1. Define the questions (optional)
  2. Attach the protection
  3. Test
  4. Donate

Defining the questions

You can skip this step, if you want. Advanced Textual Confirmation (ATC) works well with the default settings.

However, it's better to customize ATC because the future generations of spam bots will know answers to the default questions.

Open the file bbas_config.php in a text editor.

The variable questions is an associative array. A key of the array is a question, the corresponding value is an array of the correct answers. Write your own questions and answers instead of the default ones.


The questions and answers are printed as is, without escaping. It's your task to escape the special HTML symbols “<”, “>” and “&” as “&lt;”, “&gt;” and “&amp;”. Also, precede each single quote and backslash symbol with the backslash (read about PHP single quoted strings for details).


One of the best questions is something like:

What is the site pass code (see “<a href="/about.html">About Us</a>”)?

The question is very easy for users to answer. Also, the answer is unique and easy to change.

To change the messages from ATC, edit the associative array lang.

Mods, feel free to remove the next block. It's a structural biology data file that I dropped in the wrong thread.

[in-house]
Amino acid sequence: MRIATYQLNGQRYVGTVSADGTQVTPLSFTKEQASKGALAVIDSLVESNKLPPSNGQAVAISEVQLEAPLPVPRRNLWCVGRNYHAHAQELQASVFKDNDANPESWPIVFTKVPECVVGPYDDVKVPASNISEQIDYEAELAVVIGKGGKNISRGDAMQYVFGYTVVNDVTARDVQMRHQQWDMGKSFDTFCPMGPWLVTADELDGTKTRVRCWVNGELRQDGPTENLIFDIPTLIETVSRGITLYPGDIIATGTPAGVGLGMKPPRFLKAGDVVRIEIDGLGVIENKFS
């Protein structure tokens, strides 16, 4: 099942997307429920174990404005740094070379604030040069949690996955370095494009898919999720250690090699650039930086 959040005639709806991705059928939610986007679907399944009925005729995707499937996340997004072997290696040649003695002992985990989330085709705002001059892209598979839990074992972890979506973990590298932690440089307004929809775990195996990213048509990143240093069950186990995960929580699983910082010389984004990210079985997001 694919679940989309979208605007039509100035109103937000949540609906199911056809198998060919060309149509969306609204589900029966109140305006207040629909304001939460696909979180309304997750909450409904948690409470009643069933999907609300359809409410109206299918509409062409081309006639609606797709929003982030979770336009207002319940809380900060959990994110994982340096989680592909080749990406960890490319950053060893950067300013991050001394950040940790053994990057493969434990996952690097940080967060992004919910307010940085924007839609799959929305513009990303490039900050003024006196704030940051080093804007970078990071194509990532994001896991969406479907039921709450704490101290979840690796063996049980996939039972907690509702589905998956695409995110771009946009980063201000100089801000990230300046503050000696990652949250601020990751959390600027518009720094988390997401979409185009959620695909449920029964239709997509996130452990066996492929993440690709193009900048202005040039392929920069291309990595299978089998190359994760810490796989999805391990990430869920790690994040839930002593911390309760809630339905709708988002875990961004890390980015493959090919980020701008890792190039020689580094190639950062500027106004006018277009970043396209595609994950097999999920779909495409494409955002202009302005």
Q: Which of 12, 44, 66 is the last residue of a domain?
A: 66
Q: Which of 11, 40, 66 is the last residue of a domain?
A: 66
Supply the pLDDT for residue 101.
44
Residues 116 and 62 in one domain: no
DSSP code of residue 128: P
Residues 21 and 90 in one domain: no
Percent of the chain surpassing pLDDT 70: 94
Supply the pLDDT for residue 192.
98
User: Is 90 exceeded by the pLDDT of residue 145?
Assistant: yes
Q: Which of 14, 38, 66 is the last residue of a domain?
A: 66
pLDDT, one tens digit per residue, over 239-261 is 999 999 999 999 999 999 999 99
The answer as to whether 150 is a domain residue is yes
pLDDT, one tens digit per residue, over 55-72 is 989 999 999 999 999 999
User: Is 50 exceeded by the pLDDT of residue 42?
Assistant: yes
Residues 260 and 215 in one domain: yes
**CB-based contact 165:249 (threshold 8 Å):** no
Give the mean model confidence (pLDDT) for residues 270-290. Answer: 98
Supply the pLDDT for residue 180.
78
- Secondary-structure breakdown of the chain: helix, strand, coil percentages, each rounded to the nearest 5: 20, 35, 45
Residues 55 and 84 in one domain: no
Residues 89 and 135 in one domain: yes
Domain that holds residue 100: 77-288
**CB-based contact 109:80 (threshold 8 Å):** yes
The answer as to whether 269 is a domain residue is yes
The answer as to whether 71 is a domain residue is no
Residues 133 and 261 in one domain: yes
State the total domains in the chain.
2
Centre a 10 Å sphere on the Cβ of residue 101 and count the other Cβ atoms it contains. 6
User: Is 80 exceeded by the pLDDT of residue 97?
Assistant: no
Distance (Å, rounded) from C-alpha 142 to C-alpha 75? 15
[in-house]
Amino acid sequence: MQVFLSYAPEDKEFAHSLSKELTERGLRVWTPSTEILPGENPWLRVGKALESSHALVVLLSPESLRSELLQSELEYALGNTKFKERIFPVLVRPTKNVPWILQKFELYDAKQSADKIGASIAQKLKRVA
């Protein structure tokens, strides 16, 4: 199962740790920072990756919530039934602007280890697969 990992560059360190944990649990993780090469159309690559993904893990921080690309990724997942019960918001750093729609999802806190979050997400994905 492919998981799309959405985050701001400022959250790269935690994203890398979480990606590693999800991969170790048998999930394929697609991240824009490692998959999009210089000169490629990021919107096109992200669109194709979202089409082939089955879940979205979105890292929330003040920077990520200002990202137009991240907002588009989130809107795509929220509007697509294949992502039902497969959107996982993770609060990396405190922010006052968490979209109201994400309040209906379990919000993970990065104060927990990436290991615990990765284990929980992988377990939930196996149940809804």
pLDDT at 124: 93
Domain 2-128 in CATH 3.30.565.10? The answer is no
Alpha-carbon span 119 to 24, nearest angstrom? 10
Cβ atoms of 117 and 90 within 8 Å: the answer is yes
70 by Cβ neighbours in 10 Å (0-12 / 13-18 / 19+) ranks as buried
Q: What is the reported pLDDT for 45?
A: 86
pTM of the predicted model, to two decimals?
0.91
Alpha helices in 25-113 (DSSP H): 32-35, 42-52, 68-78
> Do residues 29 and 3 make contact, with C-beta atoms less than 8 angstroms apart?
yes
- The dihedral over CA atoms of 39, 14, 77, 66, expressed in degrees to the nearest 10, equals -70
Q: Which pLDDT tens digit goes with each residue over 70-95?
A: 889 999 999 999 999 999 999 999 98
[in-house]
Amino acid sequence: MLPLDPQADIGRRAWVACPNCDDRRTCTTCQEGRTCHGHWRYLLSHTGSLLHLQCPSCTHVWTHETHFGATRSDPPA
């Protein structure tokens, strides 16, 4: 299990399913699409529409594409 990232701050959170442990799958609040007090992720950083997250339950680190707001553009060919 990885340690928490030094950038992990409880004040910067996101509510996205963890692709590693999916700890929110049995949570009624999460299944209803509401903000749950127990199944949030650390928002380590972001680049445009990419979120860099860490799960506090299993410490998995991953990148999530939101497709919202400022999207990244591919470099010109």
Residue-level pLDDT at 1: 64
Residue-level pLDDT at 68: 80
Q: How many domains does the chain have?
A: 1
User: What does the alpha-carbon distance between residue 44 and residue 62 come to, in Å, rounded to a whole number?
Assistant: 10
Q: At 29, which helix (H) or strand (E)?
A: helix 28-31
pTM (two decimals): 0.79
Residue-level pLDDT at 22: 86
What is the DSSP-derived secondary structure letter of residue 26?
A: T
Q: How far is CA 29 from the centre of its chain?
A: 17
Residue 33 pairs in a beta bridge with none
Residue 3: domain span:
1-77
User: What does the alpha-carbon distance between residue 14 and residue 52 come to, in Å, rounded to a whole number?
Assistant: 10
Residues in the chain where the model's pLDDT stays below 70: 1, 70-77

If iso-8859-1 isn't the encoding of your site, you should correct the value of the key CHARSET.


To learn the encoding used by your site, point the Mozilla or Firefox browser to your script. Then go to the menu View, then the menu item “Page Info”. The window “Page Info” appears, and the tab General displays the desired value near the label Encoding.

The variable confirmation_page contains HTML code of the question-answer form. You shouldn't change the value of this variable, unless the variable license_key contains a valid license key.


If you change the HTML layout of the confirmation form, and the license key is invalid, ATC disables protection and your scripts become unprotected (but still working).

Attaching the protection

Upload the files bbantispam.php and bbas_config.php on the server.

For each script to be protected:

  1. Make backup.
  2. Insert something like this at the very beginning:
    <?php include_once 'bbantispam.php'; ?>

You might find tool-specific advice on the digest page “Tool-specific ATC installation” in the bbAntiSpam discussion forum.


Instead of changing the scripts, experienced webmasters might prefer to add the following directive to .htaccess or httpd.conf:

php_value auto_prepend_file bbantispam.php


Try to post some data to your script. If Advanced Textual Confirmation is properly installed, it asks you a question. Intentionally answer the question wrong, and ATC asks you again. Now answer correctly and see that your data is posted correctly.

Try to post some data again. As your session is now marked as “human“, ATC doesn't activate itself, and the data goes directly to the script.

For the further tests, temporarily disable cookies. (In Mozilla or Firefox, go to the menu Tools, the submenu “Cookie Manager”, and select “Block Cookies from this Site”.) Now ATC always displays a question.


Buy the standard license now for $29.95. Learn more about the differences between the free, standard and professional licenses.